And when you look at this vaginal pH of the woman or person who's used Phexxi compared to the pH of semen, you see that significant difference on the pH scale there. But the reason it works so well is not only by maintaining that pH in the vagina, but like I said, kind of sticking around because it has a thick viscosity and bioadhesive properties that maintain it within the vaginal canal in a way that it adheres to the vaginal epithelium before then sloughing off in a natural fashion and being discharged from the vagina in a way that was not bothersome to participants in the study. The combination of lactic acid, citric acid, and potassium bitartrate with those bioadhesive properties allowed for the FDA to provide for an approval of a new class of contraceptive methods that we're calling vaginal pH modulators.
And so I mentioned this idea of the Phexxi sticking around. There have been many contraceptive gels that have been tried not only as contraceptives, but also as antimicrobials. And again, Phexxi is currently approved as a contraceptive. These gels show different levels of viscosity, different bioadhesive properties, but the bioadhesive properties and viscosity of Phexxi was kind of the sweet spot, meaning that the prolonged exposure of sperm to that acidic environment because of Phexxi allowed for a reduced fertility rate, a reduced pregnancy rate. And as I mentioned earlier, this has been around in the United States, FDA-approved in 2004 as a personal lubricant. So this has a really long safety record.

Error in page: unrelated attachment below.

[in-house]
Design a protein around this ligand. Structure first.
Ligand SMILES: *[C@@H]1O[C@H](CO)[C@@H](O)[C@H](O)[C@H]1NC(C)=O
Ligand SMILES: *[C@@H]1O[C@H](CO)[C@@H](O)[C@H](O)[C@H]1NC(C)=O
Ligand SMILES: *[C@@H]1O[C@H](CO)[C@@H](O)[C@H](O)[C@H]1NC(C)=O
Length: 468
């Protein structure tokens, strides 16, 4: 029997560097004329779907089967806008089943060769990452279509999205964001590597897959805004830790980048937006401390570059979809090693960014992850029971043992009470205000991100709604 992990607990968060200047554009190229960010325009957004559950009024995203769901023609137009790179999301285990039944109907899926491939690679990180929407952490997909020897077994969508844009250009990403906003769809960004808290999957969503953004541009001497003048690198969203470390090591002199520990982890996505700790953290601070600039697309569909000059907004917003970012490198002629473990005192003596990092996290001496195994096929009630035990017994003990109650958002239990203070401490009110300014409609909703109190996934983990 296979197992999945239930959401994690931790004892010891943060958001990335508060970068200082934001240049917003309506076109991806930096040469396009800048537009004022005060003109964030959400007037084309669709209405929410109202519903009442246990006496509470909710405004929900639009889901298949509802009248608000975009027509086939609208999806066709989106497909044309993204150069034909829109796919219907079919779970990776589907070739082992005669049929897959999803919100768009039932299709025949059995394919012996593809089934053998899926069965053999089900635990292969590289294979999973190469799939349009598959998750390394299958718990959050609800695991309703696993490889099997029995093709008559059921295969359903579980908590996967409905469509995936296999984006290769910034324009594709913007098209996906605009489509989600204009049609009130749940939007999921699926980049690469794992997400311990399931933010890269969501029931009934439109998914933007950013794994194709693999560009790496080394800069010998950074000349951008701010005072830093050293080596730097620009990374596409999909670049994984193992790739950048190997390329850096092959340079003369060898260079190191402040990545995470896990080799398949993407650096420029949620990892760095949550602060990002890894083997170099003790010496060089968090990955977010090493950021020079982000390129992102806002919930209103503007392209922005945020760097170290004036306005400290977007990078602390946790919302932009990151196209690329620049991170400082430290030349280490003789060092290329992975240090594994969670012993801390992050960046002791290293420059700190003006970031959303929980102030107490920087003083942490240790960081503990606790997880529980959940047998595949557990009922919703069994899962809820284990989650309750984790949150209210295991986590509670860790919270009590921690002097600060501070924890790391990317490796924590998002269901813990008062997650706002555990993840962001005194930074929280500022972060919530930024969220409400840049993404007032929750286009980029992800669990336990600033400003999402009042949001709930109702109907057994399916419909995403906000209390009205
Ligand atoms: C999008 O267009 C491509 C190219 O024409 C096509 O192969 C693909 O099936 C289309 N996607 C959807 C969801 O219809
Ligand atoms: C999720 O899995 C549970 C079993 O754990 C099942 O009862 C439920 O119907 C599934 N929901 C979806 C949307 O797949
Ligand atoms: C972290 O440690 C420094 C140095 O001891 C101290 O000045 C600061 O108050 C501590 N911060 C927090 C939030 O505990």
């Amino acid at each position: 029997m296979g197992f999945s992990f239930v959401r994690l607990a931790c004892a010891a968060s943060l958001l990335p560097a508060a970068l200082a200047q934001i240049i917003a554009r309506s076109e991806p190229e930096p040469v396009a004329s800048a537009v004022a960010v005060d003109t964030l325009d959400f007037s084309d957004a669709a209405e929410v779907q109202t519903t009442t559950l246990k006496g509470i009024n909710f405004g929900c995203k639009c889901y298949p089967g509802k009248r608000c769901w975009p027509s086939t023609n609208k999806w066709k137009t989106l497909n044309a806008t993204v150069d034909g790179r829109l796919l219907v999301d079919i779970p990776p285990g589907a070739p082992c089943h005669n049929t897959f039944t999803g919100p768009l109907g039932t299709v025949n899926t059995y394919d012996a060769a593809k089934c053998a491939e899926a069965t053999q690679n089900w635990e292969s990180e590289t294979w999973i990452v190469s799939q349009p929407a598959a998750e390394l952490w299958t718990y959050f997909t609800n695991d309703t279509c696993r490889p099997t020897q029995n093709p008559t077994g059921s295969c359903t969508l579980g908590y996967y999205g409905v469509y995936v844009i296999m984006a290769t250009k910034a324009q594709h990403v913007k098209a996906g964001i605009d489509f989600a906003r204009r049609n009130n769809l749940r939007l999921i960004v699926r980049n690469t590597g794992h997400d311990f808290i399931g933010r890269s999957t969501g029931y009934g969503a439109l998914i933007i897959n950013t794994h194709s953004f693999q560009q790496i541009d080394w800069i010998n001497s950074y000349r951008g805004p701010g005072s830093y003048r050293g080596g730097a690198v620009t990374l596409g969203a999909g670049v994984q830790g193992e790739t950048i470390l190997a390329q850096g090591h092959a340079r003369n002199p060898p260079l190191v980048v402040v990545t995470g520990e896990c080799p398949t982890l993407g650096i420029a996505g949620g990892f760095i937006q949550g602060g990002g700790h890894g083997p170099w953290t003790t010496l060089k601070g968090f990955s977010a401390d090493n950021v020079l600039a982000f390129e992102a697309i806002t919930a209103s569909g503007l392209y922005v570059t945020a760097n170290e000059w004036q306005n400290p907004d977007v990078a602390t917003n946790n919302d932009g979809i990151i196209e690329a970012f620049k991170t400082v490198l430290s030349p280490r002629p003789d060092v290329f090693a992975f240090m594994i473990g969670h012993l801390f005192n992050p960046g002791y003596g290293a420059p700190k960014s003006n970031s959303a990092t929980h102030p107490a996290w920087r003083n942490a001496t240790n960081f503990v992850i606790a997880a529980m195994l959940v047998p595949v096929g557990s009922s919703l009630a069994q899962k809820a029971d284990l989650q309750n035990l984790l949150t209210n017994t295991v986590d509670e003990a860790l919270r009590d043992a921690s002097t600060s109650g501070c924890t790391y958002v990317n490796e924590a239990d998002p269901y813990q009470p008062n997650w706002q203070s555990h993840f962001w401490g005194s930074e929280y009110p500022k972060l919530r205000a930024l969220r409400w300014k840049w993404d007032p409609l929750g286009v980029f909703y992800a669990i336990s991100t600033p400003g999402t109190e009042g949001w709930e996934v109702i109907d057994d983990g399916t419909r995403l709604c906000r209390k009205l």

So the combination of lactic acid, citric acid, potassium bitartrate, and the non-active ingredients you see here, in a prefilled applicator allows for people who have a vagina who don't want to get pregnant, who don't want to use hormonal contraception, who don't want to use something on a daily basis, if they're not needing it, to have a new choice as a contraceptive method.
And again, this does require a prescription. It is important to emphasize, however, that patients using this vaginal contraceptive gel need to use it prior to the act of intercourse, up to one hour before vaginal penetration. Re-dose if it's been more than an hour, and re-dose if it's more than one act of sexual intercourse. It can be used together with condoms, diaphragms, cervical caps, other hormonal contraceptives, and IUDs.
I'll note that the FDA pointed out that the drug trial for Phexxi did not allow people to use the vaginal contraceptive ring. And so there is currently a contraindication to the vaginal contraceptive ring plus Phexxi because we just don't know how those things interact.